The Spanish flu epidemic in 1918 was when the world population was 1.8 billion. International travel took a long time, no airlines, and we were not so interconnected with trade and travel. Now the population is 7.9 billion and you can go from one side of the planet to the other in a day. No comparison, apples and oranges.

Maya
7 months ago
Reply to  also a Jen

Also- I know it feels like longer, but it has literally been less than two years since the world started to shut down for Covid. By most estimates the Spanish flu pandemic lasted two years.

Ariane
7 months ago

Really liked reading you!!!! What a rollercoaster ride! It’s refreshing to see someone with confidence!!!! I 🤞🏻 for you!!!

Lauren
7 months ago

Brb, off to immediately search for my own international fixer upper!

Brittany
7 months ago

Los Angeles native here and I recently moved full-time to Italy (my husband is from Milan) — we’re living in Como. We didn’t purchase because the homes here are substantially more expensive than southern Italy (thankfully, not LA pricing though) and difficult to sell. Most homes sit for 3-5 years for sale, so we’re waiting until we know exactly where we wish to settle. Then, we will buy and renovate. It’s definitely a more difficult process to renovate here than in the US. My in-laws had to repair a roof and the roof was literally holding the walls of the entire building together, so it had to be done in phases and cost 100,00€ alone. Definitely get multiple bids on what you choose to renovate so you don’t run into expensive surprises. That being said, I love life in Italy! I know there are tax breaks for living in southern Italy, but I believe that’s only for a retirement visa, though I could be mistaken. Italy is one of the more difficult countries to immigrate to within Europe, but it’s well worth it. I absolutely love life here and the culture. Cannot wait to see where you wind up buying… Read more »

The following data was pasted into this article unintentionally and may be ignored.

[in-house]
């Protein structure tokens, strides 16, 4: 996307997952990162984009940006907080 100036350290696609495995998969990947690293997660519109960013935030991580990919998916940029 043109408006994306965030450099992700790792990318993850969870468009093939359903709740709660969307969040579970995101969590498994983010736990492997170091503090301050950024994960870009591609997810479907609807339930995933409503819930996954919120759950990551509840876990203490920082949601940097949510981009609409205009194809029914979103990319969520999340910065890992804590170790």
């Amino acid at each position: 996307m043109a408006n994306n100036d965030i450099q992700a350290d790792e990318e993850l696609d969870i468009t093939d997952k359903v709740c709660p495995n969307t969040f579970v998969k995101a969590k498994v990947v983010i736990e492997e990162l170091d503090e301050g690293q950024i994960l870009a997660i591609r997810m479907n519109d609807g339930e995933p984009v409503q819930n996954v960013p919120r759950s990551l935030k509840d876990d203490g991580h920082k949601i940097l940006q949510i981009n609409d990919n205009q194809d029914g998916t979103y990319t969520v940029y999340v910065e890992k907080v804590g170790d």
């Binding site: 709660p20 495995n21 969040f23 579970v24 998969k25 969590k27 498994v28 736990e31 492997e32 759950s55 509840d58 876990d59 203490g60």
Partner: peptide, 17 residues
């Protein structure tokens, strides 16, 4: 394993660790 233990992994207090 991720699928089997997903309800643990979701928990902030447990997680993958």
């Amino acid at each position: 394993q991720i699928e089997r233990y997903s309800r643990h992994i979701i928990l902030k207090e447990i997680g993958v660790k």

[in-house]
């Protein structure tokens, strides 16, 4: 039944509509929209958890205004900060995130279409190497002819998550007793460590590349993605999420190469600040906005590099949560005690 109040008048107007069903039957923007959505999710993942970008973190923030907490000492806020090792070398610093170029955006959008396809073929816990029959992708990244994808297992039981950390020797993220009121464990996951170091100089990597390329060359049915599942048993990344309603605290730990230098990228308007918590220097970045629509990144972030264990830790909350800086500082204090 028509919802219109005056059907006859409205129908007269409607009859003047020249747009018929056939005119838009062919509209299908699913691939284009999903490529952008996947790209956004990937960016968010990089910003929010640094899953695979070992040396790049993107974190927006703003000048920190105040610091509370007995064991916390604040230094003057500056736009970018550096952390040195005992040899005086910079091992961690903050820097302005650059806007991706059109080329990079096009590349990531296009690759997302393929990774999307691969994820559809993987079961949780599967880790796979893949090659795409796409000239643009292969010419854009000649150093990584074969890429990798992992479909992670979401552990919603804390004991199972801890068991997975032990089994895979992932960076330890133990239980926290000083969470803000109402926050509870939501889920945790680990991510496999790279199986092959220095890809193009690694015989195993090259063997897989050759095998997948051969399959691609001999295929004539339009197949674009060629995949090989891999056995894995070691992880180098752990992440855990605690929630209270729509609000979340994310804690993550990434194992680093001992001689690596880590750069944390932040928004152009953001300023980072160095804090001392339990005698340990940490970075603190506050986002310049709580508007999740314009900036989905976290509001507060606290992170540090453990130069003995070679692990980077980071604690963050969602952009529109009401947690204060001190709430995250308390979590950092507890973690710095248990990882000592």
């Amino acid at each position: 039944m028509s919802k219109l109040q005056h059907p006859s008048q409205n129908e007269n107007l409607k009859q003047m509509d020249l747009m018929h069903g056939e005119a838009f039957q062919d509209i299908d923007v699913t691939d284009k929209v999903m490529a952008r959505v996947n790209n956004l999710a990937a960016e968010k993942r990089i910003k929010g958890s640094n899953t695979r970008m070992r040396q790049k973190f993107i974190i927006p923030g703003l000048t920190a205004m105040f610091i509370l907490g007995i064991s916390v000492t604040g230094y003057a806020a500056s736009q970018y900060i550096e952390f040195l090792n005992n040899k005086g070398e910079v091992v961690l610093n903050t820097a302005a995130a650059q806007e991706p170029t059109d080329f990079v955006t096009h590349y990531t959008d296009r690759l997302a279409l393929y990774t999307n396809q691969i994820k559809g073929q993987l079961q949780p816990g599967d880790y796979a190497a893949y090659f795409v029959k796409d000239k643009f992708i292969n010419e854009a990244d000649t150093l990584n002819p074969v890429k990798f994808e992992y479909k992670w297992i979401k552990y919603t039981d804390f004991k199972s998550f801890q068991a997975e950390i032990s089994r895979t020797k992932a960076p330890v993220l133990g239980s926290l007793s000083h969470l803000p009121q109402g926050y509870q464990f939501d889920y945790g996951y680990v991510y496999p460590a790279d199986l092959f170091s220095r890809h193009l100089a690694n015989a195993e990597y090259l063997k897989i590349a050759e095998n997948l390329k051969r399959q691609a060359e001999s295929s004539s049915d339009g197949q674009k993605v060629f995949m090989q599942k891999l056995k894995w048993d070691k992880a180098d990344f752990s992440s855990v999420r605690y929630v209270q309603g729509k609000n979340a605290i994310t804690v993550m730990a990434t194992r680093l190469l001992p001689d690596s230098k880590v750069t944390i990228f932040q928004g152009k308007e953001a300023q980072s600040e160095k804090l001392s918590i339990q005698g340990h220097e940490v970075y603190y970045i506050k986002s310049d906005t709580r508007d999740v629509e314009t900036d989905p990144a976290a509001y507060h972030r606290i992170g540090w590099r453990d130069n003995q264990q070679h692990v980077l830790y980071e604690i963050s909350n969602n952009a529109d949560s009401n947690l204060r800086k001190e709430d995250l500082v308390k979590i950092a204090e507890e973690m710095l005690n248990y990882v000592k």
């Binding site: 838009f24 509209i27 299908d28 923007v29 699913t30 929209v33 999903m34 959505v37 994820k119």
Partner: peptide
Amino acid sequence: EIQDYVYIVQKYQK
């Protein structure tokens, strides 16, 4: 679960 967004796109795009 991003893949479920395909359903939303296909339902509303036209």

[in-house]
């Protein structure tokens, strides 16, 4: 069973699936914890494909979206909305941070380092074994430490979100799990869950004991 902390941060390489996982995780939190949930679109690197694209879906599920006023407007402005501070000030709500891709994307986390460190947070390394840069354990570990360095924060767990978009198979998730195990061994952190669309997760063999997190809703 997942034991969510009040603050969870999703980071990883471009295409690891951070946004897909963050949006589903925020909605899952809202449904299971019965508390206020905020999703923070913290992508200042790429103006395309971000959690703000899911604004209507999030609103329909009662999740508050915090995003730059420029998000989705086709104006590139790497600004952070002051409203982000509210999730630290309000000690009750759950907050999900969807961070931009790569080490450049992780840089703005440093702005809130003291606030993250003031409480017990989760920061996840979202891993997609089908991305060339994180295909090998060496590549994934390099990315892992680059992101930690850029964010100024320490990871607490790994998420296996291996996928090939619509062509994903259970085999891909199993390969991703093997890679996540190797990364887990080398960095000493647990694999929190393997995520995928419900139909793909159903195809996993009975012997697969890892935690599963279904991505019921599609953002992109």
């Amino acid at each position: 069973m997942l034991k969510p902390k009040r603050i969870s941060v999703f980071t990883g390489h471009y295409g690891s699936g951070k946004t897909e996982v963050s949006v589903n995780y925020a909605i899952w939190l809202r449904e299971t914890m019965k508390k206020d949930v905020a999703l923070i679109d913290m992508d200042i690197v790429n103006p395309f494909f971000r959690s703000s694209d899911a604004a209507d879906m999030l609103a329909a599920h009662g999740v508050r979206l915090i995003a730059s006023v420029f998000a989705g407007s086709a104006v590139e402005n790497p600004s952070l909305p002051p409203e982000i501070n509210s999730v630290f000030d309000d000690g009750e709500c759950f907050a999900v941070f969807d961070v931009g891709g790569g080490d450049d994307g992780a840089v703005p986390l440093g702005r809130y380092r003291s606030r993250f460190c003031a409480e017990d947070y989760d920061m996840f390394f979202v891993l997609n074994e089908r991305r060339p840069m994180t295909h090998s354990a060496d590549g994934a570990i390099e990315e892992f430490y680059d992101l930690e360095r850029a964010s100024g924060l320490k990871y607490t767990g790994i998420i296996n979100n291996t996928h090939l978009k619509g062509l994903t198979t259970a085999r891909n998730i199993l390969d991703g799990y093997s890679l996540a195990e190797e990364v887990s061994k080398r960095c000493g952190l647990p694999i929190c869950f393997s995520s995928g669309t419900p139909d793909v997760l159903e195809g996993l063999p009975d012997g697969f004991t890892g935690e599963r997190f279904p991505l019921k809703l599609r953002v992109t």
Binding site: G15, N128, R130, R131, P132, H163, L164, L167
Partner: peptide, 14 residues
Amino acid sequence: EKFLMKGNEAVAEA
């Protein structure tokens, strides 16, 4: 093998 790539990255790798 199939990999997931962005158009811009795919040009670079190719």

A.B.
7 months ago

These are the best. Go for Italy!

Celia
7 months ago

Love all your house hunting posts. I have traveled a bit in Italy and I strongly advise a full tour of Sicily before you invest. It’s lovely there, but some towns are much more isolated than they look on a map. The hills are steep and the roads are winding. It can take an hour to go 15 miles as the crow flies. You will need to own a reliable car there, no matter which location you choose. Also, as you mention, it’s crazy hot in summer and fires are an issue. I would not consider any property that isn’t within walking distance of a beach, but that’s just me. There are some gorgeous towns (Noto comes to mind) that are within easy driving distance of beach. But each town has its own personality and you want to find one you really like. You aren’t just buying a house in Italy, you are joining a community.

🥰 Rusty
7 months ago

W.O.W!!!🤯
Caitlin, write a damn book!
Italy? You must have a thing about hills too? Ha!
Well, I’ll gave to go out snd buy me so e stainless steel knucjers fir this ride!!! Bahahaha!!🤣🤣